Broadmeadows to Macau: How Sands’ David Sylvester rose through the ranks
We recently sat down with David Sylvester, the executive vice president of global retail at Las Vegas Sands Corporation, for his thoughts on his career thus far and how he keeps himself grounded while at the same time managing a dizzying array of responsibilities. Inside Retail: Tell me about your career journey. How did you get into the industry, what are some of the different roles you’ve held along the way? David Sylvester: I started off my career with Lendlease in 1985 as marketing manager
anager of Broadmeadows Shopping Square in Victoria, Australia. After leaving Lendlease, I continued with marketing taking up a role at Westfield Southland.
I then had the chance to get into centre management with Jones Lang LaSalle looking after Endeavour Hills Shopping Centre in Melbourne’s East.
I progressed up the corporate ladder by taking up various positions and projects around the country. My final roles were heading up retail leasing for Australia and then international leasing based in Hong Kong.
After 12 years with Jones Lang LaSalle, I then joined GIC, the Singapore Government’s offshore investment arm as head of retail with assets in Australia that included the Queen Victoria Building, Strand Arcade and Chifley Plaza.
Due to my project experience and exposure to luxury retail, I was approached by Las Vegas Sands Corporation to set up their retail business in Asia. That turned into a global role and here I am today still with the company 17 years later.
IR: What are some of the challenges you’ve faced in your career and how have you dealt with them?
DS: One of the biggest challenges I faced was when I first joined Las Vegas Sands Corp in Macau. I was set the task of leasing and setting up management structures for five malls with over 1000 shops in a market that had never had a shopping mall.
The way I dealt with it was by taking the ‘baby steps’ approach, I tried not to get overwhelmed by the enormity of the task. I broke it down into a number of smaller objectives and concentrated on finalising certain goals before moving onto the next ones.
IR: What are some of your career highlights so far?
DS: Looking back, one highlight that sticks out was when we won our first Retail & Leisure International Award for Best International Shopping Centre with our Shoppes at Marina Bay Sands in Singapore in 2012. We beat out the newly finished Westfield Stratford in the UK and many other global contenders.
IR: What do you love about your job?
DS: I get to do unique and interesting things most of the time. As a group we are constantly pushing the boundaries of the luxury experience and that puts us on the world stage.
IR: What are some of the key leadership lessons you’ve picked up over the course of your career?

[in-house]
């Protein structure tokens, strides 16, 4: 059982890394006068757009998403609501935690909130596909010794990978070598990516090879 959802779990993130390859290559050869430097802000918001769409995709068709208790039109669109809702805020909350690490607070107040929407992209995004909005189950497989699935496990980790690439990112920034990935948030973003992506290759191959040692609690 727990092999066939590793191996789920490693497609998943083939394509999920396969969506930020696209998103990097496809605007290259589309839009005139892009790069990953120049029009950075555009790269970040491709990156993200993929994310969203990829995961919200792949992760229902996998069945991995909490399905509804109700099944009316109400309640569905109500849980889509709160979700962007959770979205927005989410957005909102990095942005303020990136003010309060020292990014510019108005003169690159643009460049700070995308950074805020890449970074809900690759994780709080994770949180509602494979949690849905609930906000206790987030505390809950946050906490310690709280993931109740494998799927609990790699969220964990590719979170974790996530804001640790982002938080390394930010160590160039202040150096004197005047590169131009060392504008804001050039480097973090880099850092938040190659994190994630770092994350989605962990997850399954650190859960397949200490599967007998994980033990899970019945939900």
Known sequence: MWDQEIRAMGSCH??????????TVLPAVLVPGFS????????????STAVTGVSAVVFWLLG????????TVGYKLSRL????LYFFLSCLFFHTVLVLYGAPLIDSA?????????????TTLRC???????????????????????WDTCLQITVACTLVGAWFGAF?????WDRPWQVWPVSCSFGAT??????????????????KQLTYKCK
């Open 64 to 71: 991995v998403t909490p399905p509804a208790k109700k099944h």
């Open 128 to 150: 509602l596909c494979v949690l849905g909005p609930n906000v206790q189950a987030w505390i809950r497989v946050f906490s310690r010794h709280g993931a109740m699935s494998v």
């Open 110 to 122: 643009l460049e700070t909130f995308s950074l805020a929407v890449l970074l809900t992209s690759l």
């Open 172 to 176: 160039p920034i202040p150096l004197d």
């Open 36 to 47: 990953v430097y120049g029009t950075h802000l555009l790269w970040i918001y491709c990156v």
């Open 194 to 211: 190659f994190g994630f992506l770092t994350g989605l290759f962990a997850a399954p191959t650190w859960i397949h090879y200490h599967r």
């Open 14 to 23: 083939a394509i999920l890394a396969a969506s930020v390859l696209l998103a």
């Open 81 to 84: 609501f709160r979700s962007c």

DS: Run your business lean and mean in the good times, so you don’t have to scale back so much in the tough times. Find the best people, invest time in putting together well thought out SOPs [standard operating procedures] and then empower your team to do their job.
Lastly, some words of wisdom from my business hero who constantly reminded me that there was always another deal bus coming: “If the deal isn’t right, don’t do it.”
IR: What advice would you give to someone who wants to move up the corporate ladder?
DS: The best way to move up the corporate ladder is to achieve good results in what you are doing and demonstrate that you are capable of taking on more.
In your early to mid-career, stick with the ratio of being over 90 per cent focused on the company’s results and less than 10 per cent on getting caught up in politics. Be flexible and don’t just follow the money, go for the right roles and the money will come.
IR: Do you have any business heroes?
DS: My greatest business hero was our late Chairman of Las Vegas Sands Corp, Mr Sheldon G Adelson. He was fearless and had the ability to see what could be, when others were trying to work out what just happened.
I had the great fortune of working with him on our Singapore and Macau projects and learnt more in that time than the rest of my entire career.
IR: Do you have any “work hacks” for getting things done?
DS: I am definitely an inbox zero type of guy. I find if you put things into action when they hit you, time isn’t wasted moving tasks around and chasing up things you haven’t done.
IR: What’s your approach to work-life balance?
DS: A career is a marathon not a short sprint so you have to find a work-life balance that is sustainable in the long run.
You have periods where work is all-consuming but you need to pull that back when you can.
I am fortunate to work for a company whose leaders know the true value of family and understand the importance of finding that needed balance.
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